Intermediate German Short Stories





Learn German Vocabulary and Phrases with Stories (B1/B2)











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Intermediate German Short Stories - Learn German Vocabulary and Phrases with Stories (B1/B2)




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The humourist Mark Twain once said that if eternity existed for one thing, it would be to learn German. Joking aside, German is one of the most thought-provoking languages in the world, and truly a pleasure to immerse yourself in. And here you have a book filled with German short stories just waiting to be explored and enjoyed.


Short stories for German intermediate learners

Whether you are a high beginner or an intermediate learner of German, you will find the stories included in this book useful reading practice. At the end of each story there is a brief summary, as well as a glossary containing difficult words and a test to check your understanding. The stories are fun to read and a great way to improve your German language skills.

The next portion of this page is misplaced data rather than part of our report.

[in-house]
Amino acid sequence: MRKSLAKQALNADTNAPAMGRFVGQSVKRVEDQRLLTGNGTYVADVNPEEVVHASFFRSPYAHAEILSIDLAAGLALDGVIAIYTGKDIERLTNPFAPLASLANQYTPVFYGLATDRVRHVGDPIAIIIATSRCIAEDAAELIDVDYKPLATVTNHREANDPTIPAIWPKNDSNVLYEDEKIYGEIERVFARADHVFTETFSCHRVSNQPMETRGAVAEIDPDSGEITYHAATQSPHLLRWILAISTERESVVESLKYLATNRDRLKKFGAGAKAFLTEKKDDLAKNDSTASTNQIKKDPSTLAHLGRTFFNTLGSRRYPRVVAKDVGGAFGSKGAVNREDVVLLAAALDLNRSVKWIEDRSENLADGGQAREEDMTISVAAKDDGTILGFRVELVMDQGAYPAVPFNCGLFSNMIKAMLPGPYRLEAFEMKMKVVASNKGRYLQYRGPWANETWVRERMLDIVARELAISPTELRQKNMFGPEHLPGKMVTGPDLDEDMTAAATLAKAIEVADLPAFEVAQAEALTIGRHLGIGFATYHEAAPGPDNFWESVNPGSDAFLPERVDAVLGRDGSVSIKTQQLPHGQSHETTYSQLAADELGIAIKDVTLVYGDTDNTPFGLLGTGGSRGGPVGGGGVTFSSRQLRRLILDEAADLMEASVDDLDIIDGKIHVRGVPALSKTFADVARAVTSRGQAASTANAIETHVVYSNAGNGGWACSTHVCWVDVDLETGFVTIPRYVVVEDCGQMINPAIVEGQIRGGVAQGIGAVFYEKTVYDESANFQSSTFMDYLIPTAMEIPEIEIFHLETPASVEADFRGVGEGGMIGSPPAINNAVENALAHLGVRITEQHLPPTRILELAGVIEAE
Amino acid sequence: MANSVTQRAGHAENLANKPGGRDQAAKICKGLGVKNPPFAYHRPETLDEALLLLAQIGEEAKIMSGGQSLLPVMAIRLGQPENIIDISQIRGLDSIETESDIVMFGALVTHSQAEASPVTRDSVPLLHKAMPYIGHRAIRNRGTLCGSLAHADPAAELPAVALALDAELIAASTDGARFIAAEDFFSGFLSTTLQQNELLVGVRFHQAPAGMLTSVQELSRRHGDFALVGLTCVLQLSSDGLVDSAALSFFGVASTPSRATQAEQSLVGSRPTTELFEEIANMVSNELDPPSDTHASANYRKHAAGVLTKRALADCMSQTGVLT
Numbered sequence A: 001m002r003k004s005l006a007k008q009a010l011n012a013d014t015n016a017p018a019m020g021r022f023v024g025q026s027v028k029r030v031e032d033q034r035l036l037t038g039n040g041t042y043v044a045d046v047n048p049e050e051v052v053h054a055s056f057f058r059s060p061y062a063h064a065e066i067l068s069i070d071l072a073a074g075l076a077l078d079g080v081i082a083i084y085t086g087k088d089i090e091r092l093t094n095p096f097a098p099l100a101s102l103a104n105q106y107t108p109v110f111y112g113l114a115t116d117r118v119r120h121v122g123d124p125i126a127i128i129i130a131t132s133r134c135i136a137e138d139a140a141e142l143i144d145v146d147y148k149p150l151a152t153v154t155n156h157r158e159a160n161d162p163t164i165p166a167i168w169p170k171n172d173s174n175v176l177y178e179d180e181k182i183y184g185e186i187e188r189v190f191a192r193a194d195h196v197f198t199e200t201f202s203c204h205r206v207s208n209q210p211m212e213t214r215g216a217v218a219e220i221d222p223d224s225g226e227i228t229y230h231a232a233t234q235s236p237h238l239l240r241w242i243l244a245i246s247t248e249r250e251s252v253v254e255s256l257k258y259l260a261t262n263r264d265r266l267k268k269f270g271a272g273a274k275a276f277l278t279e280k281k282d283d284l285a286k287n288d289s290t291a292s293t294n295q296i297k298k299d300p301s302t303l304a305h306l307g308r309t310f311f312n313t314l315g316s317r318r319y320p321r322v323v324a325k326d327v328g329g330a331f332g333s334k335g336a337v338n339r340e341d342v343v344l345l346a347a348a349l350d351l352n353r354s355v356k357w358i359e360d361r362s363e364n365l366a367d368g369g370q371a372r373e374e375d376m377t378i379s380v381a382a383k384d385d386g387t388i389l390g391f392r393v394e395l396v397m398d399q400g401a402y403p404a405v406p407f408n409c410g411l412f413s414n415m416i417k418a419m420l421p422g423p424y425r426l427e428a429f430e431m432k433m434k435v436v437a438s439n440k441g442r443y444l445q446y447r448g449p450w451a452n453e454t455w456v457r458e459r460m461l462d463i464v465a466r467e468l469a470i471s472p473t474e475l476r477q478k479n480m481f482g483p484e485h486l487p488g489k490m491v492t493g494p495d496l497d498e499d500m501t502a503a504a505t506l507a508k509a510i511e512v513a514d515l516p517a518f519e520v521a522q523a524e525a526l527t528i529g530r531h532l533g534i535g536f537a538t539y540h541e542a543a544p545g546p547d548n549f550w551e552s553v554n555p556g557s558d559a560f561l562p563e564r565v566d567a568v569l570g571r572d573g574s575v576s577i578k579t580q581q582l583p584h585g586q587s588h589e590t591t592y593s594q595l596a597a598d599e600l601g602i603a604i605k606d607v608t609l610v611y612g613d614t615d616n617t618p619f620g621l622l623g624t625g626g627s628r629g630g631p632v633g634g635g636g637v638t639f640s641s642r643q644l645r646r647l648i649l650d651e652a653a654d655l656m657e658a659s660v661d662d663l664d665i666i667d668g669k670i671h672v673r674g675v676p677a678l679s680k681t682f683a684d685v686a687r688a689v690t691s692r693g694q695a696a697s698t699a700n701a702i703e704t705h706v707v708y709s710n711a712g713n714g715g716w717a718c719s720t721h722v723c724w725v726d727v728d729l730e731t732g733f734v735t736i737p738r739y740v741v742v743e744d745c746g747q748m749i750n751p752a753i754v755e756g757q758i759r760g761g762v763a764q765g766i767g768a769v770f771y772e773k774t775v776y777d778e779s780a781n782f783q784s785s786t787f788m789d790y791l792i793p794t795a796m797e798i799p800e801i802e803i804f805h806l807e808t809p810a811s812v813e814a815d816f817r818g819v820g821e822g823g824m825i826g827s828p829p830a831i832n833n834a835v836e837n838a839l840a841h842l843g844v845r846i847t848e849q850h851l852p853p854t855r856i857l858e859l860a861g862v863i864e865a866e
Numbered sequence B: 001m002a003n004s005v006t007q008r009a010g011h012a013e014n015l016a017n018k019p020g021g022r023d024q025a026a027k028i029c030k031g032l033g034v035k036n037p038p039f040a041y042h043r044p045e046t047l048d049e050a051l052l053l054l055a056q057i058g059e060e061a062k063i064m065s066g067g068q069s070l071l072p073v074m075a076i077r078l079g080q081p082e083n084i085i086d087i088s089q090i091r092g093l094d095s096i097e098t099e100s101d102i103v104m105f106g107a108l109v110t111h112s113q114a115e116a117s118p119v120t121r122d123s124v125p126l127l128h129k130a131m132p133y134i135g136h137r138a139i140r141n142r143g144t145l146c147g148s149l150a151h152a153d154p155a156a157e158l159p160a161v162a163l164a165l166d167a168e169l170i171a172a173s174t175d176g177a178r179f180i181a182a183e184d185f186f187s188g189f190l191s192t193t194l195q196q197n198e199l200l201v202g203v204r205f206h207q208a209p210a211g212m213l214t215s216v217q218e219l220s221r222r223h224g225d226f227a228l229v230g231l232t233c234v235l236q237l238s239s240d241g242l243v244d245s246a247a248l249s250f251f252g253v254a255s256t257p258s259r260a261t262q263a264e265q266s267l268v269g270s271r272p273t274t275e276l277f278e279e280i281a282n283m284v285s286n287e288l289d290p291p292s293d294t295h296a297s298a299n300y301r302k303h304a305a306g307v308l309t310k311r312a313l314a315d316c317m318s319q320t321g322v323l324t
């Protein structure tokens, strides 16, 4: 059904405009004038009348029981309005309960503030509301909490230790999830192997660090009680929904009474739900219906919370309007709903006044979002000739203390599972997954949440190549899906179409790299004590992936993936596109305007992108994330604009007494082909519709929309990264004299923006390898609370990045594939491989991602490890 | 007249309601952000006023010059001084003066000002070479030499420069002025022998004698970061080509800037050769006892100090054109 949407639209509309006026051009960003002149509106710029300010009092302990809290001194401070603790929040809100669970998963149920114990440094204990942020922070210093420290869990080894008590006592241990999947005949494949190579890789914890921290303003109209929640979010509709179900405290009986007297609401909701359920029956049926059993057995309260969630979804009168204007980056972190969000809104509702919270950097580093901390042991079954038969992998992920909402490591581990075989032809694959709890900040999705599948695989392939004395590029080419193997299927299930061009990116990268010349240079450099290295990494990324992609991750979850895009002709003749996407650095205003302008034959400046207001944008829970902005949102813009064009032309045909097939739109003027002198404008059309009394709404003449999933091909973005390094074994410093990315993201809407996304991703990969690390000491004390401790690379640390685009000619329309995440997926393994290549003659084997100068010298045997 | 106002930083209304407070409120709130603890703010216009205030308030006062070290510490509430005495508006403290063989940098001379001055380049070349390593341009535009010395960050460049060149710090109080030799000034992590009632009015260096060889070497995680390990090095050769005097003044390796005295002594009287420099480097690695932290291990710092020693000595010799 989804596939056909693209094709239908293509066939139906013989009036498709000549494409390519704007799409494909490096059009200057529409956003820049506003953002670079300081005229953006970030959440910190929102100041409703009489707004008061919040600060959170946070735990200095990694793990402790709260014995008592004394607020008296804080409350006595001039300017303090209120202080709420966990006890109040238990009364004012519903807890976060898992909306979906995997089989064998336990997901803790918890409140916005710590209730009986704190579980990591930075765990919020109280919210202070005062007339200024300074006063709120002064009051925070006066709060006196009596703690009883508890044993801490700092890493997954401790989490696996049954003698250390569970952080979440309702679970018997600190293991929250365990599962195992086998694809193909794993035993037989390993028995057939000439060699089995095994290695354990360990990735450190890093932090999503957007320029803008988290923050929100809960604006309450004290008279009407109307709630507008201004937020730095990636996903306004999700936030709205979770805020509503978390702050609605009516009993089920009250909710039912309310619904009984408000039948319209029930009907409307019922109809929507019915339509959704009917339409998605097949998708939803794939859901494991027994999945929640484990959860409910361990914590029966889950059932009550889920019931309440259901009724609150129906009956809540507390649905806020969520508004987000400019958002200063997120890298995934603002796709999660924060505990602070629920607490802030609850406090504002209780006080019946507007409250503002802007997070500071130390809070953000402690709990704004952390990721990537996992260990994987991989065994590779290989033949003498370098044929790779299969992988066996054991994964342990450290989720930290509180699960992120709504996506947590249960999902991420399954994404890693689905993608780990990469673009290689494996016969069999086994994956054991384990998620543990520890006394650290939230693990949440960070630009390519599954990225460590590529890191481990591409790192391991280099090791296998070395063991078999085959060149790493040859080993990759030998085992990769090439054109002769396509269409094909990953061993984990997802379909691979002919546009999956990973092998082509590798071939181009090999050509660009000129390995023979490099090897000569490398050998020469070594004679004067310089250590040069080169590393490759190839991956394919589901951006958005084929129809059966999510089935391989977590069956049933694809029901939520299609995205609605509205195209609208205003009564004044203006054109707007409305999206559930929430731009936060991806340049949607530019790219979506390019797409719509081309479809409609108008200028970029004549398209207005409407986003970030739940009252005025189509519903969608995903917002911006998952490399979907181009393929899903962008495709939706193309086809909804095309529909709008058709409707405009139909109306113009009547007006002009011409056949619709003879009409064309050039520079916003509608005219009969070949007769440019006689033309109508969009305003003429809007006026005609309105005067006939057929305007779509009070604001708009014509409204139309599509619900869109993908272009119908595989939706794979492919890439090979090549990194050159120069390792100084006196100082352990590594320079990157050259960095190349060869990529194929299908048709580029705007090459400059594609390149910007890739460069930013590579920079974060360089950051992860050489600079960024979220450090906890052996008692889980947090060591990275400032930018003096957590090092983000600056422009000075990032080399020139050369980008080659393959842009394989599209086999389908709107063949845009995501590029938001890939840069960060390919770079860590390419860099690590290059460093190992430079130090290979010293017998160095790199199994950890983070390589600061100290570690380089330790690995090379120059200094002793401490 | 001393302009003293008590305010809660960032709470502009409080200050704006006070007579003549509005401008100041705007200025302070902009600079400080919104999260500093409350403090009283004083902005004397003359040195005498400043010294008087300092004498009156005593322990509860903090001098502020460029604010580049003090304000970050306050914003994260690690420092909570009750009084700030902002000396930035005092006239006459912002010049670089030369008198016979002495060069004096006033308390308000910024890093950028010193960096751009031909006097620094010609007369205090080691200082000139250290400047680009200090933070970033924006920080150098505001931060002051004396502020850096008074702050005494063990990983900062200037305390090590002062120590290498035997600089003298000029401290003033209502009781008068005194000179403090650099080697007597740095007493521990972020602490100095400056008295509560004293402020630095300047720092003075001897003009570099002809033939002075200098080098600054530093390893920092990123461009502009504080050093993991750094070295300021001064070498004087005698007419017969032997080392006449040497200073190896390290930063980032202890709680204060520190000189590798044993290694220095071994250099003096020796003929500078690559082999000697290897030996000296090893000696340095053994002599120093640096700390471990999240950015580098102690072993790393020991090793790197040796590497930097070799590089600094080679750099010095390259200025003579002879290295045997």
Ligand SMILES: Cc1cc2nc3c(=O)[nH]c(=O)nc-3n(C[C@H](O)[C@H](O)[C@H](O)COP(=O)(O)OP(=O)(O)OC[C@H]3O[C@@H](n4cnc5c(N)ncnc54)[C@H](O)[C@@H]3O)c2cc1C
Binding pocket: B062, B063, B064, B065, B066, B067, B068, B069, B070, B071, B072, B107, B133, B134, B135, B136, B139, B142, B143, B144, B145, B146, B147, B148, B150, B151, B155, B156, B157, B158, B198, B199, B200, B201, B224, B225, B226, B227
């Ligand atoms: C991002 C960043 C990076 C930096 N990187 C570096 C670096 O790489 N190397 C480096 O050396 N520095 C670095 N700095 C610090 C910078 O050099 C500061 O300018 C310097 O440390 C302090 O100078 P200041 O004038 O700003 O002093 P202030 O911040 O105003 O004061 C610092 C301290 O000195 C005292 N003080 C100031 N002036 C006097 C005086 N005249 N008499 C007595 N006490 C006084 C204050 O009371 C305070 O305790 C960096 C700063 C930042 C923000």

A language in which a table is a "he", but a girl is an "it"

German, like English, is a member of the West Germanic language family, but it retains some challenging grammatical features that no longer exist in English. It has four cases – nominative, accusative, genitive and dative – which are used to show how nouns and pronouns relate to each other. For instance, as the subject of a sentence, "the old man" is the old man in German, but when it is the object, it becomes the old man.

So, German nouns have three genders – masculine, feminine and neuter. Sometimes there seems to be no logical basis for a gender – the word woman ("woman") is feminine, but girl ("girl") is neuter, while table (table) is masculine! Another challenge is that German, like English, has plenty of irregular ("strong") verbs.


A useful language, from multiple points of view